Klaus Siblewski, programme director at Random House’sLuchterhand Verlag and founder of the Deutsche Lektorenkonferenz (German Editors Conference), points out that “the situation for literary publishers has deteriorated over the years. Challenging literature faces an even greater challenge. As an editor, I have already dealt with literature that is by no means facing the ‘pressure to succeed’ from publishing houses alone. Authors also subject themselves to this pressure to succeed. Since I, too, am unable to escape this pressure, I see it as the ultimate challenge to the work of editors. For me it is primarily a question of discernment.”
Siblewski makes yet another observation: “Most novels act as if they are dealing with a world in which media plays a role, rather than one that has been shaped by media. In fact, there are entire passages in novels that have been lifted from the Internet. The relationship between literature and the media has changed drastically as a result. And something else is changing: many authors have attended seminars about writing, where they have presented and discussed passages from their manuscripts. They have participated in public readings, applied for fellowships and tried to win prizes for their manuscripts — and in each of these cases, they have received feedback on their manuscripts and taken these reactions on board. As the editor, I have to adjust to the fact that the work of the author is stored in a process of self-discovery that involves many people and has not, for a long time, involved the author going it alone. In this respect, I am no longer reacting exclusively to the work of an individual author, but rather to a team of authors that confronts me in the form of one author who considers him — or herself responsible for the manuscript.”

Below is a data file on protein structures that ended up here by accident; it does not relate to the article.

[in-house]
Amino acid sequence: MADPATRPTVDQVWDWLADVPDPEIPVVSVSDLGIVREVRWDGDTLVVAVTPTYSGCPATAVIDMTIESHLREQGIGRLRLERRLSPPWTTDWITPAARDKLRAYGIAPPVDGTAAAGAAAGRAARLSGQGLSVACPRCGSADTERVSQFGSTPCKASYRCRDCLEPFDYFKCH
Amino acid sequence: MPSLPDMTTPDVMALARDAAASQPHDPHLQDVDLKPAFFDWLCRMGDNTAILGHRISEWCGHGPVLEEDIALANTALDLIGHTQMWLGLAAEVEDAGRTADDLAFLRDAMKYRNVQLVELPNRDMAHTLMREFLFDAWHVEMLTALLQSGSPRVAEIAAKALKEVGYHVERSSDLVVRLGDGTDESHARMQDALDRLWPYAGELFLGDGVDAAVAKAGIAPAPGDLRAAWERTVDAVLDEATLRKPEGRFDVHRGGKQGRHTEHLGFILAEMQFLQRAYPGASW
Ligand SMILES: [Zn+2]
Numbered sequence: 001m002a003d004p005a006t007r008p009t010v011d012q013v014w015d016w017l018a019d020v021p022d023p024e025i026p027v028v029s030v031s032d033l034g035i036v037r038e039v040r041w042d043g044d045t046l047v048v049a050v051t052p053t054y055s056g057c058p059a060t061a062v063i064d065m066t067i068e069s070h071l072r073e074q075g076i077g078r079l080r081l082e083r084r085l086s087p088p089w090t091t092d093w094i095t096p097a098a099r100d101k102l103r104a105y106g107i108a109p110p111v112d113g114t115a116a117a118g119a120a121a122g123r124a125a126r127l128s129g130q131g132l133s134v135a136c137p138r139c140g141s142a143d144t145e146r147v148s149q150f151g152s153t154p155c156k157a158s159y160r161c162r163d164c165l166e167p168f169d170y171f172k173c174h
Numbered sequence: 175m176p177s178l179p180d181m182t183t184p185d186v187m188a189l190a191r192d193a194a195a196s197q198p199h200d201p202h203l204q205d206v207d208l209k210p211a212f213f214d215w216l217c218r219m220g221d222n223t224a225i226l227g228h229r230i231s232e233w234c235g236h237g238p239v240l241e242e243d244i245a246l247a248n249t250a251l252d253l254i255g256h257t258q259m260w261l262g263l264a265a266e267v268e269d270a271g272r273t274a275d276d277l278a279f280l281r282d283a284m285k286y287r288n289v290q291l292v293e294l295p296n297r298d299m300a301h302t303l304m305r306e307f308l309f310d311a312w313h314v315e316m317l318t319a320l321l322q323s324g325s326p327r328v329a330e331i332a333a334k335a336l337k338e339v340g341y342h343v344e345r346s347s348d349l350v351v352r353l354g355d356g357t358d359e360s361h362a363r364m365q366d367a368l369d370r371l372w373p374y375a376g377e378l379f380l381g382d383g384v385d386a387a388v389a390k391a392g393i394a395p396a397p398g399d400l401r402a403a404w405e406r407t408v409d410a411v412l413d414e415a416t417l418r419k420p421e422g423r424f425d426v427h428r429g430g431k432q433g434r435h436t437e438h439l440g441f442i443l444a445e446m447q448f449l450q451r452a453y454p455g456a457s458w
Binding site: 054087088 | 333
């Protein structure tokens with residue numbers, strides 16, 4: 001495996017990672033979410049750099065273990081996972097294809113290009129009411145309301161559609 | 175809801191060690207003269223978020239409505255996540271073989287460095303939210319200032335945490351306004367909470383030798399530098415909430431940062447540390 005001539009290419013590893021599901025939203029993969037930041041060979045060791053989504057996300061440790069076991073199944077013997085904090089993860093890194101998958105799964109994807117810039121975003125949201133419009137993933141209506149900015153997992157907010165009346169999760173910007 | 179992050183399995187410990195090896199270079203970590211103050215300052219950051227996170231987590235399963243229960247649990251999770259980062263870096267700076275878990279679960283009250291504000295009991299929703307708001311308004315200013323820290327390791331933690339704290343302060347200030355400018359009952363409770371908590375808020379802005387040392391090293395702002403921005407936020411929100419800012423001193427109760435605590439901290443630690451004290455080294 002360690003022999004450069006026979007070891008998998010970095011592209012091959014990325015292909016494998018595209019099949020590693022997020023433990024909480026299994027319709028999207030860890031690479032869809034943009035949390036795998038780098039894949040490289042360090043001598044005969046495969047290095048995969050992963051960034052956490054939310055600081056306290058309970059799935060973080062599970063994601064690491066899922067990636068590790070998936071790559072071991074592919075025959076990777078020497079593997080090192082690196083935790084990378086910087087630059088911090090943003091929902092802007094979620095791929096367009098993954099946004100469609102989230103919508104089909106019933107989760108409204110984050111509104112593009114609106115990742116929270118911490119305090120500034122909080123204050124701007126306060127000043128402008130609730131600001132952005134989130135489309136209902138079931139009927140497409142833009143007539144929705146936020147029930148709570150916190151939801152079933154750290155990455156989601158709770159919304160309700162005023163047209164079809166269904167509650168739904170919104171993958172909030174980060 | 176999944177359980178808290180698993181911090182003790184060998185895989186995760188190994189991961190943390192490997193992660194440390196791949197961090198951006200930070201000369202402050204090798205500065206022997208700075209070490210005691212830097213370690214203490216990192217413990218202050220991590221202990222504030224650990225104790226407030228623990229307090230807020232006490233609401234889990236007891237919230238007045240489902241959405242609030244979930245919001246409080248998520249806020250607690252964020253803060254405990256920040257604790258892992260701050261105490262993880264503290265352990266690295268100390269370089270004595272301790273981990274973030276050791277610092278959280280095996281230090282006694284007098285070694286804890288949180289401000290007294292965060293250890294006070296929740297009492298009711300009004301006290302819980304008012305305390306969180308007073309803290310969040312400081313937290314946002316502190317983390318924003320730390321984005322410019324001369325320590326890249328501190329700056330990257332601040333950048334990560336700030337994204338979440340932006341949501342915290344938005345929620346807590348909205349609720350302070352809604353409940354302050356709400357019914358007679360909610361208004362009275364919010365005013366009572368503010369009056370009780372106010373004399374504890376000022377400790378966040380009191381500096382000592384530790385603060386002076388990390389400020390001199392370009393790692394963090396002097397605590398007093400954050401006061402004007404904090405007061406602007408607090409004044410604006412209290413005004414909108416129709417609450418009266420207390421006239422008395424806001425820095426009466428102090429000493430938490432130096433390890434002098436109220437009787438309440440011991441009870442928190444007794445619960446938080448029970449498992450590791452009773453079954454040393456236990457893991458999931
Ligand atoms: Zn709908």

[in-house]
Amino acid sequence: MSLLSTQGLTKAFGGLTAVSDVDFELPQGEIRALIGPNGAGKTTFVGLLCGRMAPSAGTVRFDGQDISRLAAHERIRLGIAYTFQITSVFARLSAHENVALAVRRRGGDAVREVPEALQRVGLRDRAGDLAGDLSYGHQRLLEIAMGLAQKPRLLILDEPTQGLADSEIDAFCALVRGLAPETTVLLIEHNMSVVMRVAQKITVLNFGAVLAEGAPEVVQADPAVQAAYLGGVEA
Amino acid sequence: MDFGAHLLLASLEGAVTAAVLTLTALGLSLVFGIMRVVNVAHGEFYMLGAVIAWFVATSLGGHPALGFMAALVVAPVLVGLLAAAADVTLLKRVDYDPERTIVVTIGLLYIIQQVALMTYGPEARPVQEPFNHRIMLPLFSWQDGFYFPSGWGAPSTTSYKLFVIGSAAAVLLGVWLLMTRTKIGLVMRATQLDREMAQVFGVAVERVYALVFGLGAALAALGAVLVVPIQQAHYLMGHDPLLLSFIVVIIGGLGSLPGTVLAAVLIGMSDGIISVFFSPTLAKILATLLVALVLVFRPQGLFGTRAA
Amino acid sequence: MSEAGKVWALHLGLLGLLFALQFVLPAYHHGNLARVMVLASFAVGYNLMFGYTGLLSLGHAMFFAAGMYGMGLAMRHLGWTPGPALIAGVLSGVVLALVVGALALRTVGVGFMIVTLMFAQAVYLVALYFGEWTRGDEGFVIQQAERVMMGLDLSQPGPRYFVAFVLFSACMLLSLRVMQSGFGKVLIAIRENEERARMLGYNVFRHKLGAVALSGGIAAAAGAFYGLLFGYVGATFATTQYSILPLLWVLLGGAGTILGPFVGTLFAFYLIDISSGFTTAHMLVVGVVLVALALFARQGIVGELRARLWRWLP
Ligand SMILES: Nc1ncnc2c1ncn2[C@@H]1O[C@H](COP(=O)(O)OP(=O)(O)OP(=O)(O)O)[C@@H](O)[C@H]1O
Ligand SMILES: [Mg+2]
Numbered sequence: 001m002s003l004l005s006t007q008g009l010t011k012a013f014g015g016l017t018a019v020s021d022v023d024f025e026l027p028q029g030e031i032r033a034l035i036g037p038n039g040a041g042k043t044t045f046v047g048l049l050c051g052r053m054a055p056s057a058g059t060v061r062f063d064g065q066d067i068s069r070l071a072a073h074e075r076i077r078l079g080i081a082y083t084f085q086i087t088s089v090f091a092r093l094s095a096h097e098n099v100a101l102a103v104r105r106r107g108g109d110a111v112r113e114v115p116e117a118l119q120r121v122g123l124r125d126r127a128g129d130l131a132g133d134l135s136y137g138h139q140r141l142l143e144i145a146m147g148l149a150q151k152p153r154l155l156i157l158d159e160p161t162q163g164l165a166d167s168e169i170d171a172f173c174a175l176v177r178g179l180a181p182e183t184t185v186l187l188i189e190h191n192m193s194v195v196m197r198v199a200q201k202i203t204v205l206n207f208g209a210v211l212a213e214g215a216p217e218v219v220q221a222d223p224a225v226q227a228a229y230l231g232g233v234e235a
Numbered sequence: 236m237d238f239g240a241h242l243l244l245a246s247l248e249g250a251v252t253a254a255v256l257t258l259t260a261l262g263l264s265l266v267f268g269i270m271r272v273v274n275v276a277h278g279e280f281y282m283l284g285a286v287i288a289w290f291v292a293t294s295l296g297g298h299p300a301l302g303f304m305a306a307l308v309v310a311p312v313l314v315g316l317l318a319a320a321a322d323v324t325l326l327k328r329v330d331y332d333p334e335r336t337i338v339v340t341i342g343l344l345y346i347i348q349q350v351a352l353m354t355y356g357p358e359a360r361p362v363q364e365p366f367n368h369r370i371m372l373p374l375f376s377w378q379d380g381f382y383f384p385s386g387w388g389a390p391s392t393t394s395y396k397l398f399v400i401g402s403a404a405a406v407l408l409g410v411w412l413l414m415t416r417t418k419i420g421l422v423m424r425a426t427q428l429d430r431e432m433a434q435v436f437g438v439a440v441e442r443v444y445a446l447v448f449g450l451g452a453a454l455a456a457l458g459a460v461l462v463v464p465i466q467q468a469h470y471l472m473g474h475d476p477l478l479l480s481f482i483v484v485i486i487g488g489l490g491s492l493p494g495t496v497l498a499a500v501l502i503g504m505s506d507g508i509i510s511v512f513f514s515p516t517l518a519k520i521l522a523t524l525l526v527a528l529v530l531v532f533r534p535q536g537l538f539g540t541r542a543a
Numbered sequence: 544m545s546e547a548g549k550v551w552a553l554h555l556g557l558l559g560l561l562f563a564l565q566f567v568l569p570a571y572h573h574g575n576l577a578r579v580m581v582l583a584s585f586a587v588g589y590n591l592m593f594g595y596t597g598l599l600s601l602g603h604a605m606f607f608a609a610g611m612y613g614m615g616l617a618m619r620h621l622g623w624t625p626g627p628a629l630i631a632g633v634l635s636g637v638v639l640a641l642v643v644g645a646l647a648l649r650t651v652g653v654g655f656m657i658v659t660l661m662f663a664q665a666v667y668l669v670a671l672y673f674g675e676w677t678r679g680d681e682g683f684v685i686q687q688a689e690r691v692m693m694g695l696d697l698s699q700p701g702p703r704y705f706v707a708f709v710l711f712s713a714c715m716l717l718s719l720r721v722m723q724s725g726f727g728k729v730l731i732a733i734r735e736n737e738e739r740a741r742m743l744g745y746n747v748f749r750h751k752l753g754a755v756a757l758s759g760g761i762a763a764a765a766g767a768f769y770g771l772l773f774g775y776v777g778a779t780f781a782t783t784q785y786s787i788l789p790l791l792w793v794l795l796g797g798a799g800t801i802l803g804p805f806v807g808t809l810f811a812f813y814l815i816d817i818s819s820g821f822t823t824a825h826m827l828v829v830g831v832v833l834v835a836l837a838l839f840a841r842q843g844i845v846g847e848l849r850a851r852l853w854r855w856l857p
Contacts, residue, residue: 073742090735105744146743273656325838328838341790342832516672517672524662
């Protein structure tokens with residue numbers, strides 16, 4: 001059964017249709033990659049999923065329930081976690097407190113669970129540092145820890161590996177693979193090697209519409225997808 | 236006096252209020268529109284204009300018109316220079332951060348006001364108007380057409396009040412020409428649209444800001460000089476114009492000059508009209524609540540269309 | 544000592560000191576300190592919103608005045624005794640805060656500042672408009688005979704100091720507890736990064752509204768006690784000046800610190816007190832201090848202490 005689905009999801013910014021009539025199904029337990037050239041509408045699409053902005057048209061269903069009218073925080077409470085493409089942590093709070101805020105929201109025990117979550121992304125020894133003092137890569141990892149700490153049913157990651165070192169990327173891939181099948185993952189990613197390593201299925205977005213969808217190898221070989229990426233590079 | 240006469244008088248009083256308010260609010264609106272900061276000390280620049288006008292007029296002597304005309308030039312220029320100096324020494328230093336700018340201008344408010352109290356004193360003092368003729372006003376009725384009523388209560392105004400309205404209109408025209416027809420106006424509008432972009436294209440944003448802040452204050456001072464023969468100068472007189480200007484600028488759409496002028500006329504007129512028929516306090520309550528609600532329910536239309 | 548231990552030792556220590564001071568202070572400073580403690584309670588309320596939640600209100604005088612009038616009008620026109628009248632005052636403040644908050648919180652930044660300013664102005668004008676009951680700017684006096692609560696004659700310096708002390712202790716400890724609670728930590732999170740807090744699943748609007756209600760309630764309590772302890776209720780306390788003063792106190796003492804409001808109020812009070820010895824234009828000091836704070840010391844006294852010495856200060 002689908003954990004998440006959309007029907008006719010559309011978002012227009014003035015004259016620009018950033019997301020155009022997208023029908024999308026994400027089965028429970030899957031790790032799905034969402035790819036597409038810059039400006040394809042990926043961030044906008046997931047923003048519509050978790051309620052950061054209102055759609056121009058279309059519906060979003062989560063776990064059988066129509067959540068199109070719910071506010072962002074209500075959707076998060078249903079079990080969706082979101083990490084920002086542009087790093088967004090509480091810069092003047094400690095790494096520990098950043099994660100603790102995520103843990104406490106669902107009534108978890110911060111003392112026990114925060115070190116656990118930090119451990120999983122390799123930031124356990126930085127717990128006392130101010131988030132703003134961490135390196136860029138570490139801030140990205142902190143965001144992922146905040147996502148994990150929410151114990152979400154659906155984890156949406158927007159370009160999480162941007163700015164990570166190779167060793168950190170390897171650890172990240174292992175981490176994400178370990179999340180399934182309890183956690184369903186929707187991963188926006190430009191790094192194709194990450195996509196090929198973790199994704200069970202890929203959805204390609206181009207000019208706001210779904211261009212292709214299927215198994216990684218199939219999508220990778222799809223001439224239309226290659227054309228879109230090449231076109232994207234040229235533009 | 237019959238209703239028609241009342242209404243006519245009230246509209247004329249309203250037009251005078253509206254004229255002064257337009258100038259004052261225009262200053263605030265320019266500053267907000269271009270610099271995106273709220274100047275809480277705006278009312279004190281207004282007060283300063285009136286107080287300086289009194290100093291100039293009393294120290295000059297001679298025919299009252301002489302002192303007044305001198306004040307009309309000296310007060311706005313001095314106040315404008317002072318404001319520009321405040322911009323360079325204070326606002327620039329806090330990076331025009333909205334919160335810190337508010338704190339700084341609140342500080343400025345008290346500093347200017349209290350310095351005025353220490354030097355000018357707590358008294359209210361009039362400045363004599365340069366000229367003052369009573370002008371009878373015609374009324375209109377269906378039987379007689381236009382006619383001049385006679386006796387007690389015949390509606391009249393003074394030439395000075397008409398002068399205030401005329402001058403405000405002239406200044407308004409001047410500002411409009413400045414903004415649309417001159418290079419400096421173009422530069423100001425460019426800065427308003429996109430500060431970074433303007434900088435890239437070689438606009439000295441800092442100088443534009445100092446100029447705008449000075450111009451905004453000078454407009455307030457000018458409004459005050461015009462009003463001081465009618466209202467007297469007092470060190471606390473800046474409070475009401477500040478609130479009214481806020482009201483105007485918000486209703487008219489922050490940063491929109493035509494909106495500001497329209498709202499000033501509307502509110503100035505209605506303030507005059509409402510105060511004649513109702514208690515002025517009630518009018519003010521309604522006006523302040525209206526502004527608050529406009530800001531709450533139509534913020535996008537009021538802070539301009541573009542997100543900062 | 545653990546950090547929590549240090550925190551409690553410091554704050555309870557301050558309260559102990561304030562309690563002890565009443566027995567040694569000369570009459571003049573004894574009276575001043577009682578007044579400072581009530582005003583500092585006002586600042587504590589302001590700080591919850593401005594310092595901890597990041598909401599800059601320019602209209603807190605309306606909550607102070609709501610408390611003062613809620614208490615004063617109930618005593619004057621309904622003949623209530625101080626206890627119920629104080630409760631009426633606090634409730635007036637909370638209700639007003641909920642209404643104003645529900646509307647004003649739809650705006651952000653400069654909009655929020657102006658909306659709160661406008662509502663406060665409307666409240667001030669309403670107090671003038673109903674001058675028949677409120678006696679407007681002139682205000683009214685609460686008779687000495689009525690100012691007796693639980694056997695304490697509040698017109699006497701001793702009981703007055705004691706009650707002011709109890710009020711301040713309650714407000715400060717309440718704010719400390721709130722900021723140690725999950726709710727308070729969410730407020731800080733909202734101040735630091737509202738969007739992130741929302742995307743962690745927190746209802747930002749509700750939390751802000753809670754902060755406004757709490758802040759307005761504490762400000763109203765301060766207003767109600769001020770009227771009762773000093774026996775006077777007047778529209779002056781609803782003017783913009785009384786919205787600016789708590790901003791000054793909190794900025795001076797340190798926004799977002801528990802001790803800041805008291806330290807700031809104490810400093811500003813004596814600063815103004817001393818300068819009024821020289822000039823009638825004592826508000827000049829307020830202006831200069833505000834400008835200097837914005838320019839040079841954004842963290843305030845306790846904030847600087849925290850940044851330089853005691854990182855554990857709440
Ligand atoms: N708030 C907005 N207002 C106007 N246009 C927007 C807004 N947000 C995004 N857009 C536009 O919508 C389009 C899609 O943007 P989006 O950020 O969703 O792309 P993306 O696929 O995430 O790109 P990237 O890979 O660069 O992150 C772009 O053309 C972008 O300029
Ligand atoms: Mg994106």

In Germany, there are networks like the Deutsche Lektorenkonferenz and the Verband der Freien Lektorinnen und Lektoren (Association of Freelance Editors) for professional exchange. Editors and other publishing professionals from all over the world who are invited to join the Frankfurt Book Fair Fellowship Programme have a chance to interact and exchange ideas with their colleagues in Germany over the course of two weeks. Other institutions such as mediacampus frankfurt or Akademie des Deutschen Buchhandels offer advanced training opportunities. Designed specifically for editors, they clearly reveal the direction in which editorial expertise is currently headed. These courses cover not only topics like business management, but also XML, and e-publishing for freelance editors, project management SEO.
Berlin-based Jörg Sundermeier is programme director at Verbrecher Verlag and also works as a journalist.